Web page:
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Chick-fil-A Is on Pace to Become the Country’s Next Fast-Food Titan

Putting fear in the hearts of Big Macs everywhere.
Putting fear in the hearts of Big Macs everywhere. Photo: Chick-Fil-A

Odds are against it happening peaceably, but Chick-fil-A is doubling down on the plan it laid out in 2014 to put a chicken sandwich in the hands of every New Yorker. The city’s first location only arrived in midtown half a year ago, but Chick-fil-A has stayed busy since, erecting a second outpost a mere eight blocks away and plotting an outer-borough invasion, which is expected to begin in Queens. In fact, all told over the next year, it plans to open one dozen additional NYC locations, which will get it close to the number of Panera Breads in the city.

What explains this wild success is that, as controversial as Chick-fil-A’s politics may be, the corporate office runs a very tight ship and has done nothing but exceed market expectations. Seemingly out of nowhere in 2014 it overtook KFC as America’s biggest chicken chain. It placed a much more lackluster 19th on that year’s list of largest fast-food companies, but in the two years since, it’s climbed to No. 8 overall, and is now set to become the country’s fourth-largest chain by 2020 in terms of revenue, according to analysts who also call it one of the “biggest” and “least appreciated” threats to McDonald’s. (In point of fact: Consider the glut of chicken items its rivals now offer, from Burger King’s goofy Chicken Fries to Shake Shack’s very serviceable Chick’n Shack.)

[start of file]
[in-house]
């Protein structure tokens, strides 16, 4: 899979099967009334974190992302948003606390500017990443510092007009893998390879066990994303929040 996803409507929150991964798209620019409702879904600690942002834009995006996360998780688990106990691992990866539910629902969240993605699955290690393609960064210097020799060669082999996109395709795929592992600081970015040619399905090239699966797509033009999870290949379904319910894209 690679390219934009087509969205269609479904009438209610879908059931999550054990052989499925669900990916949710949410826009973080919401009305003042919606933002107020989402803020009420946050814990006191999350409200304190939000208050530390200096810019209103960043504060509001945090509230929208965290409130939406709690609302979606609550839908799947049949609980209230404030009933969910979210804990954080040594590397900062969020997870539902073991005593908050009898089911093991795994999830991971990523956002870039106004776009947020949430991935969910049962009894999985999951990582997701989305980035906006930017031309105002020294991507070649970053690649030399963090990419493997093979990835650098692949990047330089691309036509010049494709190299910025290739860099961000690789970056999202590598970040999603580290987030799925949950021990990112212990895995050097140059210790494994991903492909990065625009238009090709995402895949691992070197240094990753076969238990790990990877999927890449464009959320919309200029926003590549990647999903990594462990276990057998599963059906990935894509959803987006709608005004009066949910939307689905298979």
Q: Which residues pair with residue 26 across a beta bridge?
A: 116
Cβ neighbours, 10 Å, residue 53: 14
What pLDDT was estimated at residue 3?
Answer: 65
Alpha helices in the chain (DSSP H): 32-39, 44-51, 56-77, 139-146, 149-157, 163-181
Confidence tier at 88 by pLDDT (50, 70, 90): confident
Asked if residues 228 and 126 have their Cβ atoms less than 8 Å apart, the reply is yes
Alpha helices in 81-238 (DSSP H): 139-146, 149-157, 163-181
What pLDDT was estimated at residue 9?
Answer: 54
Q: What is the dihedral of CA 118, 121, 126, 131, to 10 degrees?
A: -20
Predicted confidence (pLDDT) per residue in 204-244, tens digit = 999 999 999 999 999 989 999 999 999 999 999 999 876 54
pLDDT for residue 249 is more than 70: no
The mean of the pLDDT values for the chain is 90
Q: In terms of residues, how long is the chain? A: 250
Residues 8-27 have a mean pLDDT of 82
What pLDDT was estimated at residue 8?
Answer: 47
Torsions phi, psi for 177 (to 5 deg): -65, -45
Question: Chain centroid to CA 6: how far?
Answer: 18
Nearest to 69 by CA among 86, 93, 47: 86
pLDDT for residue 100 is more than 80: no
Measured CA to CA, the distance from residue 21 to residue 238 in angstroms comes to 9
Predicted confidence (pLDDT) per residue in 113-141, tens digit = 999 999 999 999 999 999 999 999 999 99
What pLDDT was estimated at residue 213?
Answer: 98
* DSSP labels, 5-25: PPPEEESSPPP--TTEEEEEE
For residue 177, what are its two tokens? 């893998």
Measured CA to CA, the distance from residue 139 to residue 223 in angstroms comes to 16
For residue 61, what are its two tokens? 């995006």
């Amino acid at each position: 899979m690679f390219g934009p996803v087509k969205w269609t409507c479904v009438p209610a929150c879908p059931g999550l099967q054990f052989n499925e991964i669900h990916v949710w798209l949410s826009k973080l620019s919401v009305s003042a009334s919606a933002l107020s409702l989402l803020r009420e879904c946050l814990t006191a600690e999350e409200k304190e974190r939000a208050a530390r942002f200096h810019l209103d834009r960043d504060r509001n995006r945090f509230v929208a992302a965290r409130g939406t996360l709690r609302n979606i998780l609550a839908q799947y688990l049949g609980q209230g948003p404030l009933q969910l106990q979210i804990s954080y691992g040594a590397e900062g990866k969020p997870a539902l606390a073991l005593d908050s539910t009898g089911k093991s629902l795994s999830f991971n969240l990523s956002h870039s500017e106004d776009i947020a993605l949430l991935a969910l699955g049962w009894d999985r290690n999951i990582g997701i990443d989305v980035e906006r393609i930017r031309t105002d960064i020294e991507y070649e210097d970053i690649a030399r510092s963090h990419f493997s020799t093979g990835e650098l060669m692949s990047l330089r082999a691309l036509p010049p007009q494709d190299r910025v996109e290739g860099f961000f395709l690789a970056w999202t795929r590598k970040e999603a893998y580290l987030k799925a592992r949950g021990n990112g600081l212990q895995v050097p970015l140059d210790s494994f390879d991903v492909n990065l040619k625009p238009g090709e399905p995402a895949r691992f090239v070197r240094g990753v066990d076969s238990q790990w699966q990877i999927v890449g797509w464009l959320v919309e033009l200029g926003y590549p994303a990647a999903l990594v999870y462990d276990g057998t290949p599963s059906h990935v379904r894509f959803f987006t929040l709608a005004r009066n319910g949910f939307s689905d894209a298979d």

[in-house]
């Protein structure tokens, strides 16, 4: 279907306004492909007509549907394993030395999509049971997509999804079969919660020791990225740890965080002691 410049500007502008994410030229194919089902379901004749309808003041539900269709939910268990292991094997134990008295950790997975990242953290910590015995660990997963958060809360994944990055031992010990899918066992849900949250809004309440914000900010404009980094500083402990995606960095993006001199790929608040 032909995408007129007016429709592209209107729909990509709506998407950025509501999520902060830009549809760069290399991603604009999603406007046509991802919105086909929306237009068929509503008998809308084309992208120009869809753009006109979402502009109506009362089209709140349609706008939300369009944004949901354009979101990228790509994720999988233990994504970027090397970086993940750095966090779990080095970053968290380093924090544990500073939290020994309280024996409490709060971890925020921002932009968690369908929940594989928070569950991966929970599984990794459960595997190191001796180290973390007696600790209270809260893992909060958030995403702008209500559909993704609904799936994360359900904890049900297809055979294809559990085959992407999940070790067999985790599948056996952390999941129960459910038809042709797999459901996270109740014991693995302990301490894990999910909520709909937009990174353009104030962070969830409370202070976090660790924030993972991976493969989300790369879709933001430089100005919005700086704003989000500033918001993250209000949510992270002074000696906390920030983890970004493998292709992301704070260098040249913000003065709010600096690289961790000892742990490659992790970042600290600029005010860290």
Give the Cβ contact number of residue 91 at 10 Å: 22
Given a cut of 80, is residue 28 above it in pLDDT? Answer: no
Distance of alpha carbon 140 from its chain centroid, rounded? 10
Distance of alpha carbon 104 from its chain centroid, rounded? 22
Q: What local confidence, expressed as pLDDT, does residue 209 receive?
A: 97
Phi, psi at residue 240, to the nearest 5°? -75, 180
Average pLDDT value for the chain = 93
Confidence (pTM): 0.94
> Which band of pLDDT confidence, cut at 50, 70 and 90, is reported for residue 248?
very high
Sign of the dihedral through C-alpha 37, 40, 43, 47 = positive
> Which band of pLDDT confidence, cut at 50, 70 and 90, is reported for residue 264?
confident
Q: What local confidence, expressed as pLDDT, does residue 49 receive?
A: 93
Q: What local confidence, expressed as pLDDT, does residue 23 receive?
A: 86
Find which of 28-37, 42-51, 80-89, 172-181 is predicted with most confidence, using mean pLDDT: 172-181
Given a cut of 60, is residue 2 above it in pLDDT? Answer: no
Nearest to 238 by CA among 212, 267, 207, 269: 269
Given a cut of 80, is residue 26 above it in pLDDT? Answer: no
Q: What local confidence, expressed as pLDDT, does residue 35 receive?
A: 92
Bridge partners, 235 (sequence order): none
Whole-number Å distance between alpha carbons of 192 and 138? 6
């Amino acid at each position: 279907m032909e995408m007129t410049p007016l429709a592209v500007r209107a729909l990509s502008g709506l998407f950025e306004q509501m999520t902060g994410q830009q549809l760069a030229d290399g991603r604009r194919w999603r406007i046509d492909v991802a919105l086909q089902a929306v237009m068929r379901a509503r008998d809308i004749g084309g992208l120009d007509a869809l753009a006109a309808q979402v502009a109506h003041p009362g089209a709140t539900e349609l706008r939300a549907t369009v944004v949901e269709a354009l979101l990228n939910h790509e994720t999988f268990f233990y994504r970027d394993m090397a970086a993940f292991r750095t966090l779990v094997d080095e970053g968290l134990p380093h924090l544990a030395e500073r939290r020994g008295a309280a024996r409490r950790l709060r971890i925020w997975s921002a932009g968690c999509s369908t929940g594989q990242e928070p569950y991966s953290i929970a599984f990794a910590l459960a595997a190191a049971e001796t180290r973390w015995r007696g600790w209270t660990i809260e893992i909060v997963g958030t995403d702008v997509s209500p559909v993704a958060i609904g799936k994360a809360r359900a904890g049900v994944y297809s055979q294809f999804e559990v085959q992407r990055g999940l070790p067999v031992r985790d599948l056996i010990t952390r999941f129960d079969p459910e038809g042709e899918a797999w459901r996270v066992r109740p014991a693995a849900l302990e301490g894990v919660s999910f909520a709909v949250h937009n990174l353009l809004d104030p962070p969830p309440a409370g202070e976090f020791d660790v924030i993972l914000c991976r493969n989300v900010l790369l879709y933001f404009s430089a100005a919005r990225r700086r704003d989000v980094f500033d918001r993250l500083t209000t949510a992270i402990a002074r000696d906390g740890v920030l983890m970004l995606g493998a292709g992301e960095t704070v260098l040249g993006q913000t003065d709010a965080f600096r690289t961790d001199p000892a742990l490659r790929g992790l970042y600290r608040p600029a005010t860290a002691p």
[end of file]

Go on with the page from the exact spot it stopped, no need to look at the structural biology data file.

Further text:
Furthermore, Chick-fil-A’s tearing it up at a time when competitors are foundering: It averaged $3.2 million in per-store sales last year, which was 25 percent higher than McDonald’s, more than double what Wendy’s or Burger King pulled in, and roughly seven times better than Subway, which is having an especially awful year. To ready the non–Bible Belt sector of the country for its arrival, the company did a very public about-face, saying it regretted mixing religion and poultry, and promising to welcome anybody who tries to buy food. But the New York Post points out the chain’s still proudly discriminating when it comes to franchisees: Only 0.7 percent of last year’s 20,000 applicants got invited to join the team, which the paper notes means “it’s easier to get into Harvard than to become a Chick-fil-A franchisee.” Just something to keep in mind the next time a franchise owner runs around giddily snapping pics of customers dressed up for the chain’s annual Cow Appreciation Day.


Chick-fil-A Is the Next Fast-Food Titan